General Motors Company (NYSE: GM) stated on Tuesday that it supported the establishment of stricter federal emissions regulations to ensure that at least fifty percent of all new vehicles sold by the year 2030 are emission-free.
General Motors Company Takes on EPA’s Requirements
As the Environmental Protection Agency (EPA) works on developing proposed requirements beginning with the 2027 model year and continuing through at least 2030, the largest automaker in the United States and the Environmental Defense Fund (EDF) has released a series of joint recommendations to encourage the use of electric vehicles.
According to General Motors Company and the Environmental Defense Fund, the newly proposed EPA regulations “should help to ensure that at least 50% of new vehicles delivered by 2030 are zero-emissions vehicles and consistent with eliminating tailpipe pollution from new passenger vehicles by 2035.”
Other environmental organizations have voiced worries regarding the possibility that the California Air Resource Board (CARB) may relax certain emission limits for General Motors Company and other automobile manufacturers in 2019 if they do not participate in a voluntary California emissions accord.
Tuesday, when asked how automakers should comply with standards for the near future, CARB Chair Liane Randolph responded by saying that it was up to the companies to choose “the most effective strategy to figure out how to take as much early action as possible.”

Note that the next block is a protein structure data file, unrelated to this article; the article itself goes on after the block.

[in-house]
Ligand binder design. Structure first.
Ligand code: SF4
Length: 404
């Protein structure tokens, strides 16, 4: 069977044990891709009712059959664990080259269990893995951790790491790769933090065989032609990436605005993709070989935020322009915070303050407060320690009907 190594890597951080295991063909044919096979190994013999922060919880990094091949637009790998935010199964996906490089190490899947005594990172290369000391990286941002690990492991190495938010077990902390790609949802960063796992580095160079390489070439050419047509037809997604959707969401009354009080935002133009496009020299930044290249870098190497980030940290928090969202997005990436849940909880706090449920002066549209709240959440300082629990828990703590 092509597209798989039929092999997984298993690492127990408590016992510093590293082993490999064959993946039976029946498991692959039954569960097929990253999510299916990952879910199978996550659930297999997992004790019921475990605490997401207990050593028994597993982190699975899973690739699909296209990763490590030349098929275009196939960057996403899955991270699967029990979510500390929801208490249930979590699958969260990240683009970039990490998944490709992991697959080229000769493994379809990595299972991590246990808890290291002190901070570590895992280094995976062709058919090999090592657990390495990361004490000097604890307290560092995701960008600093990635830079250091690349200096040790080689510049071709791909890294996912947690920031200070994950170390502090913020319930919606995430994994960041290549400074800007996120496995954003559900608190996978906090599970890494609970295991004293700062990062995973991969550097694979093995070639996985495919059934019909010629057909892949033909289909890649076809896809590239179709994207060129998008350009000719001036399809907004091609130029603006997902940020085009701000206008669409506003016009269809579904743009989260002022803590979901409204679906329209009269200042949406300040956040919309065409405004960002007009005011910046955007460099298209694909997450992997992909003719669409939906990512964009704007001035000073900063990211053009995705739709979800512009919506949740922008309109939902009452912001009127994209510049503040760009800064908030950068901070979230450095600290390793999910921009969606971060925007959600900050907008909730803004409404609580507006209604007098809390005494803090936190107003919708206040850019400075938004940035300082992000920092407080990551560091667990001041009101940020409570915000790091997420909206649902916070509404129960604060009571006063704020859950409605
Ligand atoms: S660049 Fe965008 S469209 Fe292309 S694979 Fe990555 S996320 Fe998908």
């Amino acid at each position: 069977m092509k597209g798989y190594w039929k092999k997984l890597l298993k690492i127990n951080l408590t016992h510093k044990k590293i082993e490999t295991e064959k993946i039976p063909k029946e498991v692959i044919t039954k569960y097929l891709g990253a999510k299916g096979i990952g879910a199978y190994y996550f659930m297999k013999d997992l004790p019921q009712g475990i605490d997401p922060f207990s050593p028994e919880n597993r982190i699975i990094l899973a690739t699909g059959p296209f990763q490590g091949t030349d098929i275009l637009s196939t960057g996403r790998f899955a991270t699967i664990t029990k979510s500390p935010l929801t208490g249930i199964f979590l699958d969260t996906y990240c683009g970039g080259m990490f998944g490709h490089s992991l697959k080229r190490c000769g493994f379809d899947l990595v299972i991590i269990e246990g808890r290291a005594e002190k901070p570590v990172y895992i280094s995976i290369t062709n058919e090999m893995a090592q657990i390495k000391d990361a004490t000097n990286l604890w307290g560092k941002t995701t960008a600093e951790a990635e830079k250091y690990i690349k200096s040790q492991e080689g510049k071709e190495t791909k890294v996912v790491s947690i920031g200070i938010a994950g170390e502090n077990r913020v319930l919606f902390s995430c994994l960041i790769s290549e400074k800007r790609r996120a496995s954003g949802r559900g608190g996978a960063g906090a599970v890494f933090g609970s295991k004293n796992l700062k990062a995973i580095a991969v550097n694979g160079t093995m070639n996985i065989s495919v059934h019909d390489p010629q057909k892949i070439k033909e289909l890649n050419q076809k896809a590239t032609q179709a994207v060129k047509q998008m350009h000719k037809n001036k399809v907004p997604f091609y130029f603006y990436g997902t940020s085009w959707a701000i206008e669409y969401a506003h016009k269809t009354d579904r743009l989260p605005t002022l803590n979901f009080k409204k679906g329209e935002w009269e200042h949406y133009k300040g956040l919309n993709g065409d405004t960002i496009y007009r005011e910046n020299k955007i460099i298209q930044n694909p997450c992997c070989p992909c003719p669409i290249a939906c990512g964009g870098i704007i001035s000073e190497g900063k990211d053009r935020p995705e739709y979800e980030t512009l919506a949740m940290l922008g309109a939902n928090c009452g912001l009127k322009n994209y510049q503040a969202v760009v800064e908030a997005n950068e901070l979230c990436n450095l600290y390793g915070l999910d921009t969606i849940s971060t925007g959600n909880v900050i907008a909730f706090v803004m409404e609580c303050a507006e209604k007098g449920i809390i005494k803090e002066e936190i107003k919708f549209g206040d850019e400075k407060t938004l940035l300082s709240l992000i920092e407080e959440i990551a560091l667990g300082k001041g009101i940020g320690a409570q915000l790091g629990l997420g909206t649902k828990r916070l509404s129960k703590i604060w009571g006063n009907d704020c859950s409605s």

Last week, Steve Cliff, the new executive officer of CARB, stated that he had a meeting with Mary Barra, the chief officer of General Motors Company, in Detroit.
The Environmental Protection Agency (EPA) adopted new light-duty tailpipe emissions limits in December. These requirements will be in effect through the 2026 model year and will reverse the rollback of car pollution cuts that former President Donald Trump instituted.
According to Mr. Barra, “the ultimate goal” of General Motors is to “eliminate tailpipe emissions from new light-duty vehicles by the year 2035.”
Joe Biden, the Vice President, has stated that he wants to see plug-in hybrids and electric vehicles account for fifty percent of all new vehicle sales by 2030. However, he has not endorsed a regulation passed in California last month that will eliminate the sale of new gas-only powered light-duty vehicles by 2035.
In March of 2020, the Republican administration of Donald Trump scaled down the goals that had been set by Barack Obama’s Democratic administration, requiring only 1.5% annual increases in efficiency until 2026. The Obama rule mandated accumulations of 5% each year.
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